Stephens, Alexander Hamilton (1812–1883), the Vice President of the Confederate States of America. He clashed openly with President Jefferson Davis, bitterly opposing the conscription of troops, suspension of the writ of habeas corpus , and establishment of martial law in various localities as an infringement of civil liberties and states' rights.

Stephens was born near Crawfordville, Georgia. He graduated from Franklin College (now the University of Georgia) in 1832. For a short while he taught school, then practiced law. He became a member of the state legislature in 1836. From 1843 to 1859 he served in the U.S. House of Representatives, where he pursued a moderate course.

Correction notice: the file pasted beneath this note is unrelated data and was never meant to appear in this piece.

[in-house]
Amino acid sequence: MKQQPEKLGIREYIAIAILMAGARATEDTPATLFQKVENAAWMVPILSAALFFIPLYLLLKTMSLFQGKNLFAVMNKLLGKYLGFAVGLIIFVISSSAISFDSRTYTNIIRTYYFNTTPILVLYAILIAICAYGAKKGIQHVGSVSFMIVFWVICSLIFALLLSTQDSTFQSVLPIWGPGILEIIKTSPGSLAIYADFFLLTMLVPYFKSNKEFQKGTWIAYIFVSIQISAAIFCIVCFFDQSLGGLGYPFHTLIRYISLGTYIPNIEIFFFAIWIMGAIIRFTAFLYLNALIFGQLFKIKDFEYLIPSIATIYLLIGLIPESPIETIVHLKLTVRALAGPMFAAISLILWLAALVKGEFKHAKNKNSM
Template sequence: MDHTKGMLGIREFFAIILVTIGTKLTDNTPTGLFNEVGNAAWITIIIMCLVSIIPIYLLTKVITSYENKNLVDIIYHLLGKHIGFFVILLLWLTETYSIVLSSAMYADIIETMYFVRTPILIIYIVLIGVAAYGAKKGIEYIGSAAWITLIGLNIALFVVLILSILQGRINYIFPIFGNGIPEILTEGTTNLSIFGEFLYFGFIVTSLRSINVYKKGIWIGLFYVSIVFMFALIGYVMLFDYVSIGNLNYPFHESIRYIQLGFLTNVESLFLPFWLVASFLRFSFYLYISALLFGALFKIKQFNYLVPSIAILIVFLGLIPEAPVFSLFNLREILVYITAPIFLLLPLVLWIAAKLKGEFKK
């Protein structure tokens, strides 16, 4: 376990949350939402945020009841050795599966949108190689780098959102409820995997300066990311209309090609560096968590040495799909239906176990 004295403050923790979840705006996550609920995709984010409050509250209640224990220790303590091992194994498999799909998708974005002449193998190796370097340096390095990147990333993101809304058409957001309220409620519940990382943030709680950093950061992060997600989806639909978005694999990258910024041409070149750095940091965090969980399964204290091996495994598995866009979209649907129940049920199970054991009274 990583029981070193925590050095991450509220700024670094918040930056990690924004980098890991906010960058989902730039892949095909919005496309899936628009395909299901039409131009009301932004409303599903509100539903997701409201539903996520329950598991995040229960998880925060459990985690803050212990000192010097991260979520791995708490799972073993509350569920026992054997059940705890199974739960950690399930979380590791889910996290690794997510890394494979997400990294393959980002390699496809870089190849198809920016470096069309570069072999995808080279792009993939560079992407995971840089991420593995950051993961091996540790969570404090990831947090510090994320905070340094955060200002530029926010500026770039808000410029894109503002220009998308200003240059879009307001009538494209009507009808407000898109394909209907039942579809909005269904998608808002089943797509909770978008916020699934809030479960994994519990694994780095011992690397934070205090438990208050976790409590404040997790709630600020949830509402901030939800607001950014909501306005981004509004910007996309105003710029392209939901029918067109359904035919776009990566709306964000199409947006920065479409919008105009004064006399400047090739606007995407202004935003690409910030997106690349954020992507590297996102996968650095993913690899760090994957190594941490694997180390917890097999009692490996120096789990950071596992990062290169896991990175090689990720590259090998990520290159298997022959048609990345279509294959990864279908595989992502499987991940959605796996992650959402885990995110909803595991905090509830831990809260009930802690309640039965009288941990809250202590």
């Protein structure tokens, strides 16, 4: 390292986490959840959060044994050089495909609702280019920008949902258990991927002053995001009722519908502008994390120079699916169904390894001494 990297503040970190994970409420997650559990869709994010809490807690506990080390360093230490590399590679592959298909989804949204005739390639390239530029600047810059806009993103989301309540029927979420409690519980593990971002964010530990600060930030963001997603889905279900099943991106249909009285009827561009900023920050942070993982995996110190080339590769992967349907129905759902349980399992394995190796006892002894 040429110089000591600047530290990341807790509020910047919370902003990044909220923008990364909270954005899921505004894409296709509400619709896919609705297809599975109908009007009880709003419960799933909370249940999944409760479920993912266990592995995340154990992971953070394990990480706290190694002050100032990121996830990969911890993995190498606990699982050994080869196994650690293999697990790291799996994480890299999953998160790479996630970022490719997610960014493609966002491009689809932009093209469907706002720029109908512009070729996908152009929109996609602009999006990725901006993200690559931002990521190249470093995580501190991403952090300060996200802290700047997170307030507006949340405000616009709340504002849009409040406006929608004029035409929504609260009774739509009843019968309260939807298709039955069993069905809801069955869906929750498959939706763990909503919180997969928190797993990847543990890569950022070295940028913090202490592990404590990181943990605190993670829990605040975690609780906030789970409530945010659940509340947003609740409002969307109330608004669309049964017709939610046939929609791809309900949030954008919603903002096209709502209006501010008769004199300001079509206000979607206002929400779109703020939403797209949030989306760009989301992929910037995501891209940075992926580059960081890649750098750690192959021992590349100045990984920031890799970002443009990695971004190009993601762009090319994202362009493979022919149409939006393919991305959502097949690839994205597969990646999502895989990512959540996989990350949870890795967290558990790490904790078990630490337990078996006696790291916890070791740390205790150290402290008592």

Stephens opposed secession but upheld the right of a state to secede. He was a delegate to the meeting in Montgomery, Alabama, to form a union of the seceded states. There, he was elected Vice President of the Confederacy on February 9, 1861. In February, 1865, he led a peace commission; it met with President Lincoln at Hampton Roads, Virginia, but failed to negotiate an end to the war.

After the war, Stephens was imprisoned for six months. He was elected to the U.S. Senate in 1866 but—along with others from former Confederate states—was not allowed to take his seat. He served again in the U.S. House of Representatives, 1873–82. Stephens was elected governor of Georgia in 1882 but died after serving only a few months in office.